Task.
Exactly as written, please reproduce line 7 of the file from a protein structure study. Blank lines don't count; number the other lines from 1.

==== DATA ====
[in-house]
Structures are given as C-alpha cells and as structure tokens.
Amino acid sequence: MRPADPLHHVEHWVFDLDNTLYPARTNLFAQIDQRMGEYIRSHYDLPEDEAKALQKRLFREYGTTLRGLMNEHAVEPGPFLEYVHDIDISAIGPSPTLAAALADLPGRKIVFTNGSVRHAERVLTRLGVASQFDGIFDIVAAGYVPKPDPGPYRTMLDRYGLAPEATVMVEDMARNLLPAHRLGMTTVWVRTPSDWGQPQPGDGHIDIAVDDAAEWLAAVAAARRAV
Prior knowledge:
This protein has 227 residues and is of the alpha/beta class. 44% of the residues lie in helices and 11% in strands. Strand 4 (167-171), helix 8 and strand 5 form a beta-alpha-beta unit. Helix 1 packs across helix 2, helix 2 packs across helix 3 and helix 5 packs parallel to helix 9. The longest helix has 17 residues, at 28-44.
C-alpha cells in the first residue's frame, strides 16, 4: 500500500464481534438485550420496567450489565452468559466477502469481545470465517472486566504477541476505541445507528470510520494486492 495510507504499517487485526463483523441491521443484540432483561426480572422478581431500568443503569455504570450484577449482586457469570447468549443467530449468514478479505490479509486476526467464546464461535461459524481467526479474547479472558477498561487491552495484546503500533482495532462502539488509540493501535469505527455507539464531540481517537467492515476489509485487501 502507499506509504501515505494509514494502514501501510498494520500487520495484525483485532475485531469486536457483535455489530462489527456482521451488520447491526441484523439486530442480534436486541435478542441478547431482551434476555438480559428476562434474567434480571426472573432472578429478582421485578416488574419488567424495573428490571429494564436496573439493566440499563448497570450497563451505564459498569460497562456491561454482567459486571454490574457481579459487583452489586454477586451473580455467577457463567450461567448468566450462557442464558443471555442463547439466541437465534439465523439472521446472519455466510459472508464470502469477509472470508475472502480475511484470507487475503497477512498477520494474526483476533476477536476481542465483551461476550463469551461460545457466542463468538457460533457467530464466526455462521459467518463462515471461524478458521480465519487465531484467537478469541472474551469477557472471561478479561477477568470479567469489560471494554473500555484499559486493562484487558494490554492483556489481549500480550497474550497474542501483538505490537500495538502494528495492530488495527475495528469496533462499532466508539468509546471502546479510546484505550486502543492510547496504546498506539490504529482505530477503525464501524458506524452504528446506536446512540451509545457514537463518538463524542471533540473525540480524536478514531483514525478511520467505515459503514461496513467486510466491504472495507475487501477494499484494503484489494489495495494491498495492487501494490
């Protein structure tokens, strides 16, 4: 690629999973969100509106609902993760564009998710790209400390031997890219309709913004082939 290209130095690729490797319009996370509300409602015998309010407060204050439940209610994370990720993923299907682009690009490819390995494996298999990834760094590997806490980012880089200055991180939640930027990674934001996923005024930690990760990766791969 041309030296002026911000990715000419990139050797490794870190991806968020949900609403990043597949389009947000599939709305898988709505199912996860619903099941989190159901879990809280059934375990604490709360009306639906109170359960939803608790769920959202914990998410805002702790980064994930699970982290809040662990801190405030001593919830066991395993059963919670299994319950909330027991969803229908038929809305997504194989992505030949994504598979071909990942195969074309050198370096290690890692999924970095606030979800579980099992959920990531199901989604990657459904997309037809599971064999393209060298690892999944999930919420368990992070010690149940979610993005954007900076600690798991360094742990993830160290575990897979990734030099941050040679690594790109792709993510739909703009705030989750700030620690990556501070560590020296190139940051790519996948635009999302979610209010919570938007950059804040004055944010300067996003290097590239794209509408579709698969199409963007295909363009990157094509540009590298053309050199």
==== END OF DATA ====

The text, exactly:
């Protein structure tokens, strides 16, 4: 690629999973969100509106609902993760564009998710790209400390031997890219309709913004082939 290209130095690729490797319009996370509300409602015998309010407060204050439940209610994370990720993923299907682009690009490819390995494996298999990834760094590997806490980012880089200055991180939640930027990674934001996923005024930690990760990766791969 041309030296002026911000990715000419990139050797490794870190991806968020949900609403990043597949389009947000599939709305898988709505199912996860619903099941989190159901879990809280059934375990604490709360009306639906109170359960939803608790769920959202914990998410805002702790980064994930699970982290809040662990801190405030001593919830066991395993059963919670299994319950909330027991969803229908038929809305997504194989992505030949994504598979071909990942195969074309050198370096290690890692999924970095606030979800579980099992959920990531199901989604990657459904997309037809599971064999393209060298690892999944999930919420368990992070010690149940979610993005954007900076600690798991360094742990993830160290575990897979990734030099941050040679690594790109792709993510739909703009705030989750700030620690990556501070560590020296190139940051790519996948635009999302979610209010919570938007950059804040004055944010300067996003290097590239794209509408579709698969199409963007295909363009990157094509540009590298053309050199």